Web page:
Historic events such as the Northeast Blackout of 2003 emphasize the importance of keeping our power grid and its backup systems running 100 percent of the time.
A series of failures at power utilities in the region triggered the event, the second most widespread in history, which brought eight U.S. states and parts of Ontario, Canada, to a standstill anywhere from hours to days.
In a move to prevent another regional blackout of that scale, the North American Electric Reliability Corp. (NERC) now regulates bulk power systems. The not-for-profit regulatory organization, which oversees the United States, Canada and Northern Baja California, Mexico, ensures reliability of power utilities by developing and enforcing maintenance and monitoring standards.
One of those standards is PRC-005-6, Protection System Maintenance. The U.S. Government, as a way to ensure that utilities were taking measures and paying attention to their systems, established the PRC-005-6 Protection System Maintenance Program (PSMP).
One of the components of PRC-005-6 is assessing the reliability of batteries used in the utility industry. Among other things, the requirement dictates four- six- and 18-month maintenance plans for VLA, VRLA and NiCad batteries.
Ideally, the expectation for reliability is 100 percent for battery banks used by utility companies. Real-life, however, adjusts that expectation closer to 90 percent. The important thing is that through regulation, guidelines are in place to ensure battery banks do their job when needed.
NERC educates, trains and certifies industry personnel for system awareness. To assure that utilities are in compliance, NERC employs government inspectors to visit utilities. Utility companies are appointing internal NERC compliance officers to further guarantee they are following the guidelines.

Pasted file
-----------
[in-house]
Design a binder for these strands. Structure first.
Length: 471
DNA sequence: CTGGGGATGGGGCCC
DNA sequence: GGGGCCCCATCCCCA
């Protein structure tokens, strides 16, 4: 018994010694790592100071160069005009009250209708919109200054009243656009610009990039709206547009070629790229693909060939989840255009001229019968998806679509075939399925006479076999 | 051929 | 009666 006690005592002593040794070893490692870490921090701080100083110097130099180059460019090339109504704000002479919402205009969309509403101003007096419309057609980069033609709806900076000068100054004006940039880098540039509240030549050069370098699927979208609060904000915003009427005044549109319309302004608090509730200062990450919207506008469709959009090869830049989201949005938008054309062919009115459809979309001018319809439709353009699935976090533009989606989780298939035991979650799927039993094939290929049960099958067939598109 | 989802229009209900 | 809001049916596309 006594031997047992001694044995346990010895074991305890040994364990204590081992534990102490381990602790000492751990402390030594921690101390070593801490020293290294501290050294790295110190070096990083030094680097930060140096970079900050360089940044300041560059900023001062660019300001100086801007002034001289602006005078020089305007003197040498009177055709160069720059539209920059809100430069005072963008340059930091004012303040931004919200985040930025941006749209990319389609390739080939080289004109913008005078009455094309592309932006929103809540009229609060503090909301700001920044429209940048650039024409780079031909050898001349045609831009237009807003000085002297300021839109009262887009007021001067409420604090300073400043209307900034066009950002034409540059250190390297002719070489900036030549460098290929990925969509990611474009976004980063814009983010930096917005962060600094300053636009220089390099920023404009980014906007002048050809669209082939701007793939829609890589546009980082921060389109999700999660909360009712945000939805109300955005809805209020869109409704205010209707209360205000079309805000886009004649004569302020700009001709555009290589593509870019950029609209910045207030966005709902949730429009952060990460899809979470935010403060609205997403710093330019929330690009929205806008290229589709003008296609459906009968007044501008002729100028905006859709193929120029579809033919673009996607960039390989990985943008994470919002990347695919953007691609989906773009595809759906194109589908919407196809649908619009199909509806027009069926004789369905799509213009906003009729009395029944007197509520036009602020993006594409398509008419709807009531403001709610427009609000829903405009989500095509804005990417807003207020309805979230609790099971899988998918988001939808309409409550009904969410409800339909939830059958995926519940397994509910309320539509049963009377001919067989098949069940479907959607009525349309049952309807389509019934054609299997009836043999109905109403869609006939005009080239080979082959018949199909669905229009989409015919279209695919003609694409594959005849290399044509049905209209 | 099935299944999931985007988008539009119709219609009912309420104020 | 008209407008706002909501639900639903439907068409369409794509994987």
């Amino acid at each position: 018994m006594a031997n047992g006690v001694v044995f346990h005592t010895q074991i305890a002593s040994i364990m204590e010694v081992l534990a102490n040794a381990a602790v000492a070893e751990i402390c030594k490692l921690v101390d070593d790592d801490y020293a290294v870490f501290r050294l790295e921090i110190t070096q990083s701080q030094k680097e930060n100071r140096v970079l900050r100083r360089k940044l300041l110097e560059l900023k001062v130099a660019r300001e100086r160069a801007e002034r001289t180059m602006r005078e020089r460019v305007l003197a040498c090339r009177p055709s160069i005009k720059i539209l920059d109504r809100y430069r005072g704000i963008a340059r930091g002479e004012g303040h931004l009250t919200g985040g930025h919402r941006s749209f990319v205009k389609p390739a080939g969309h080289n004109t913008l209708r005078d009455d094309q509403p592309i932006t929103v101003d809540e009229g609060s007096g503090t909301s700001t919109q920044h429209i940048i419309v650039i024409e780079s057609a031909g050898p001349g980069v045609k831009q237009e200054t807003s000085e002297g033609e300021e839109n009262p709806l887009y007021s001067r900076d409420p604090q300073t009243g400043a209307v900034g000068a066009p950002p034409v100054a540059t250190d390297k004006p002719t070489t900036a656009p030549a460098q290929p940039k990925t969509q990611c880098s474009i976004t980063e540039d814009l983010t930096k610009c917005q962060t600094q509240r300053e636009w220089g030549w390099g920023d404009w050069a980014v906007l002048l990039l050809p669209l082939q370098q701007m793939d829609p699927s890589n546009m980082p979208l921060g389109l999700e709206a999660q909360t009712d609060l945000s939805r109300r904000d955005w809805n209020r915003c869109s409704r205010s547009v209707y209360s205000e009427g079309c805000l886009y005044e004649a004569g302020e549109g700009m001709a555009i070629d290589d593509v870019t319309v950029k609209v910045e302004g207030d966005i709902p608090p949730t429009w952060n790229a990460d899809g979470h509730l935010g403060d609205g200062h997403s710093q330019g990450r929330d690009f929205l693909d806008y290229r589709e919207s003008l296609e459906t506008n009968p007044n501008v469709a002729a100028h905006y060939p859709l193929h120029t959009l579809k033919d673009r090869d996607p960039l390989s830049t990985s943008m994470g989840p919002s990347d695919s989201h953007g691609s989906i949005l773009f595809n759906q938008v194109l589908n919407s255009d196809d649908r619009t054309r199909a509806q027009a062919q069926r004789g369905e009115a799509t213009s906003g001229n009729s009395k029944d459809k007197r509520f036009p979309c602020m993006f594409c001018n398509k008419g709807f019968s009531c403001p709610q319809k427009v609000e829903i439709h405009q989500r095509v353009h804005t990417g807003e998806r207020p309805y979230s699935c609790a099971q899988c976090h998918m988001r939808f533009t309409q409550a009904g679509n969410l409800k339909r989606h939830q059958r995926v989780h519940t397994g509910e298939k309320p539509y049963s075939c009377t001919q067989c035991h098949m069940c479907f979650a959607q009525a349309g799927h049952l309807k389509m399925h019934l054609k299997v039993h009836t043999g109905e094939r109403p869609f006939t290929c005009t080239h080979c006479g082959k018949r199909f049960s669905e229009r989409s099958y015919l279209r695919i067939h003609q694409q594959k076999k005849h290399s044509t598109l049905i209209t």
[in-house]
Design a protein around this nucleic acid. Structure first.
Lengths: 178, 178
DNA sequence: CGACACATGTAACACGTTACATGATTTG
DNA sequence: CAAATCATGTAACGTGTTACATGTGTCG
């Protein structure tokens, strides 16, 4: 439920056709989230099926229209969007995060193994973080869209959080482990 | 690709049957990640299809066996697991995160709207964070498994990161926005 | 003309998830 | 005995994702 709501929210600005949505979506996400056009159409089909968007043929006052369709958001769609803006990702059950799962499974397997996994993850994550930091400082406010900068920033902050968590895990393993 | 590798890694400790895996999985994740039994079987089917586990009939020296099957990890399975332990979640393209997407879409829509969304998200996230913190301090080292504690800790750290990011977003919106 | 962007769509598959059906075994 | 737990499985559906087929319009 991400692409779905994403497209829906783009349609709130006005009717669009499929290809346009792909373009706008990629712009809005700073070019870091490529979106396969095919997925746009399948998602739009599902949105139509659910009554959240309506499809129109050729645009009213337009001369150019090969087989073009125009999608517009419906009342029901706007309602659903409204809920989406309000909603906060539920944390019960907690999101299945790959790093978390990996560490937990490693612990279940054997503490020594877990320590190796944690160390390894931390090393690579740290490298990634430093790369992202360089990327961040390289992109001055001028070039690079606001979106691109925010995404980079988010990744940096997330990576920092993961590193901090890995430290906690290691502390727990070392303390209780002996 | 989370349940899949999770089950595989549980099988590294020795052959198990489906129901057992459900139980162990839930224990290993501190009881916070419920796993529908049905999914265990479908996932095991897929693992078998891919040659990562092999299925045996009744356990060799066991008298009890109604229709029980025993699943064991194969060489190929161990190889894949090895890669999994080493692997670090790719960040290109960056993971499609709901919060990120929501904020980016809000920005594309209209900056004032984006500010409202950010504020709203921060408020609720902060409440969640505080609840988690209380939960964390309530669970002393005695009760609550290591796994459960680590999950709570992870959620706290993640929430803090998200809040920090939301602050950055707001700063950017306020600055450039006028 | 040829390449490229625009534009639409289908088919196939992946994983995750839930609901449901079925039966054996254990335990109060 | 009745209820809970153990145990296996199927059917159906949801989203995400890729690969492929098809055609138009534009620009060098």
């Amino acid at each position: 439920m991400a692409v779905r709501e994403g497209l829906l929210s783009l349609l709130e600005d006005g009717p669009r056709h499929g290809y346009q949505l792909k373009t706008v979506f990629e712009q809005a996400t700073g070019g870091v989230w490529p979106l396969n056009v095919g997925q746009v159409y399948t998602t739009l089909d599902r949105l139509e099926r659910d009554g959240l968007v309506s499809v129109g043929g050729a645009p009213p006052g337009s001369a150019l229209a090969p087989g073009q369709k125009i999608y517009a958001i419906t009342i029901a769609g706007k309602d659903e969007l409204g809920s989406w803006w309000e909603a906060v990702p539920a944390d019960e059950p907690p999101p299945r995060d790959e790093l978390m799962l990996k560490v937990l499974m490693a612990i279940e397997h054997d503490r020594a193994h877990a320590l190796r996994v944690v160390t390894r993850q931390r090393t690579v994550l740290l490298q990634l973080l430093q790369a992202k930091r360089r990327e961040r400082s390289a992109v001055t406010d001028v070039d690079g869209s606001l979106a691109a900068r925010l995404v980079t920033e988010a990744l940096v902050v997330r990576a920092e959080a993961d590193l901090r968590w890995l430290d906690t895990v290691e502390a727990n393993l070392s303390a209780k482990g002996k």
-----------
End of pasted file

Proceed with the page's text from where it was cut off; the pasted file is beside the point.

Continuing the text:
In addition to maintenance, monitoring and testing of batteries, utilities are also required to keep records of this maintenance for possible inspection should it be requested by the government. This is to ensure there is a plan and it is being followed.
While this may seem daunting to power utility companies, Franklin Electric has taken the PRC-005-6 tables and developed a solution to meet each requirement to help its customers come up with a compliant maintenance plan for their battery systems as well as provide automated analysis of their test data to provide early warnings for potential failures.
Franklin Electric provides the needed hardware to help meet each customer's NERC PRC-005-6 battery maintenance plan. From hand held battery testers to fully automated battery monitoring solutions. Along with hardware, Franklin Electric provides software to bring the total solution together. Midtronics can take battery test data from hand held battery testers and/or battery monitoring systems and provide automatic analysis of test data, alarming and data retention to ensure your critical power systems can Franklin Electric experts work with customers to develop and implement NERC PRC-005-6 compliant plans assuring batteries perform as expected and when needed and avoid hefty fines for failure to comply.